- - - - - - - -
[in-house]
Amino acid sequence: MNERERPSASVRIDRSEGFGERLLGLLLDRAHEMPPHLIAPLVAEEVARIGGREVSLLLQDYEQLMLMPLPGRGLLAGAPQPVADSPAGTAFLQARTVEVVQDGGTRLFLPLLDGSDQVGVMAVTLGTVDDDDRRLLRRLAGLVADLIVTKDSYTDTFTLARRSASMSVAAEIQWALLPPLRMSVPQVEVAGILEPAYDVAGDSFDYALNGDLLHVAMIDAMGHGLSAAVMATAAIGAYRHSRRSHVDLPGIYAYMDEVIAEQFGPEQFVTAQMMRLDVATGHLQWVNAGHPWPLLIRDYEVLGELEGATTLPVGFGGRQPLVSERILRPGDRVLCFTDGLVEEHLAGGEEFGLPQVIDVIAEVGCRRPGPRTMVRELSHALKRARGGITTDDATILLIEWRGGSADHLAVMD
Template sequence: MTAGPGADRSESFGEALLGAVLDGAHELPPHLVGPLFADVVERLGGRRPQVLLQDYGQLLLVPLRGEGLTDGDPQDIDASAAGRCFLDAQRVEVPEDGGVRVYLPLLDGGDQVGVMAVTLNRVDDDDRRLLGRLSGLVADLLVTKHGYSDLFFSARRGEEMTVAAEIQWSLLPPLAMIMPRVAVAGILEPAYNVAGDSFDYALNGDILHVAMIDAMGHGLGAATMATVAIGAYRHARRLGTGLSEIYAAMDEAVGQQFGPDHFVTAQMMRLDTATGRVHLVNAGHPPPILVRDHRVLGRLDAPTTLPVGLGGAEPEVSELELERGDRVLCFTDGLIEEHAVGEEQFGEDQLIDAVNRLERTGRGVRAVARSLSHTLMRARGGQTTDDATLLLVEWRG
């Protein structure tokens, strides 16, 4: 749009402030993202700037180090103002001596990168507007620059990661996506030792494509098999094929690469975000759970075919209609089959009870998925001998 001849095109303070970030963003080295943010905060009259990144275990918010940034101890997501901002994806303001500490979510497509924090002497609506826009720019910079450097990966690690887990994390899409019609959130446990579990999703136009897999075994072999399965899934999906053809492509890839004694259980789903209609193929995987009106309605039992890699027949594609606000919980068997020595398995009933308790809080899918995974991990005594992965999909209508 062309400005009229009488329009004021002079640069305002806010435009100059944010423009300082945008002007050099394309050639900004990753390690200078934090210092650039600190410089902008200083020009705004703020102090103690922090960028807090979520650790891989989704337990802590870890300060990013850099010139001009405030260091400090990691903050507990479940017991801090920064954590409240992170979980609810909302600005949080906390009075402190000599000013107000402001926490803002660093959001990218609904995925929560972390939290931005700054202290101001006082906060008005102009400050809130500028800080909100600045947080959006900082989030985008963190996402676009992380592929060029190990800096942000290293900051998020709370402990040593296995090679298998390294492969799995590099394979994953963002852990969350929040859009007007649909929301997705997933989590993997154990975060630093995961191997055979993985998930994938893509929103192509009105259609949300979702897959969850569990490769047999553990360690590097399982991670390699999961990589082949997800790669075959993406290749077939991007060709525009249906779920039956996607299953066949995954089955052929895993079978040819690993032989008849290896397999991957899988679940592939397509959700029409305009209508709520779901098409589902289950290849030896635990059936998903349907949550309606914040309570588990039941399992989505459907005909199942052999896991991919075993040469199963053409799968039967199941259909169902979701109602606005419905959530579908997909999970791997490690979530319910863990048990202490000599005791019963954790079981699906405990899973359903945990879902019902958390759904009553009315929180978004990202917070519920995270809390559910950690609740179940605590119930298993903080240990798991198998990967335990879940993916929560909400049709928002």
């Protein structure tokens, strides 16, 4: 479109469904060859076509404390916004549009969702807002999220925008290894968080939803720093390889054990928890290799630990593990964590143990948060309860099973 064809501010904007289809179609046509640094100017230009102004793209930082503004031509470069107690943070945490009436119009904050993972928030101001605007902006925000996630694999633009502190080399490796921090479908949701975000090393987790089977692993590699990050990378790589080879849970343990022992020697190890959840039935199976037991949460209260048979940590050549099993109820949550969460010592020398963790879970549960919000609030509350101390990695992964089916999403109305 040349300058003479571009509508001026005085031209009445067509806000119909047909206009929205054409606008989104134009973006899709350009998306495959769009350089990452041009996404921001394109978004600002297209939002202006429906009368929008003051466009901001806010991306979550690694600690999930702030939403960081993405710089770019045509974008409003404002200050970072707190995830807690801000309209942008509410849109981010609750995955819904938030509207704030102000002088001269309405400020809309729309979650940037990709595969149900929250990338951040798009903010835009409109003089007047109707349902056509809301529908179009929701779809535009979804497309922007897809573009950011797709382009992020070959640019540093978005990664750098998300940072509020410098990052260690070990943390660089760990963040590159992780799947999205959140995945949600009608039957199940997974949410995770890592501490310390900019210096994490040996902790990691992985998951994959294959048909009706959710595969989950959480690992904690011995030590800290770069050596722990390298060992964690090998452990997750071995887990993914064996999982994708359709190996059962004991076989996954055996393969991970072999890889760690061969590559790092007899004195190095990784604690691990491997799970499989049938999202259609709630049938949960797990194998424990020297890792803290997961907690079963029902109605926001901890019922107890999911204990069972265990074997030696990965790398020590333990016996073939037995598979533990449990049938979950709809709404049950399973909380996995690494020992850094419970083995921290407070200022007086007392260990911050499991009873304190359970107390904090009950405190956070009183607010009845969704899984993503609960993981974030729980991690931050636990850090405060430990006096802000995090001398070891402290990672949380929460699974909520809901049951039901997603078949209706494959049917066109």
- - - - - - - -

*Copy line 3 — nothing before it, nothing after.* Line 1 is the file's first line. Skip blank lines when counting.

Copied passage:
Template sequence: MTAGPGADRSESFGEALLGAVLDGAHELPPHLVGPLFADVVERLGGRRPQVLLQDYGQLLLVPLRGEGLTDGDPQDIDASAAGRCFLDAQRVEVPEDGGVRVYLPLLDGGDQVGVMAVTLNRVDDDDRRLLGRLSGLVADLLVTKHGYSDLFFSARRGEEMTVAAEIQWSLLPPLAMIMPRVAVAGILEPAYNVAGDSFDYALNGDILHVAMIDAMGHGLGAATMATVAIGAYRHARRLGTGLSEIYAAMDEAVGQQFGPDHFVTAQMMRLDTATGRVHLVNAGHPPPILVRDHRVLGRLDAPTTLPVGLGGAEPEVSELELERGDRVLCFTDGLIEEHAVGEEQFGEDQLIDAVNRLERTGRGVRAVARSLSHTLMRARGGQTTDDATLLLVEWRG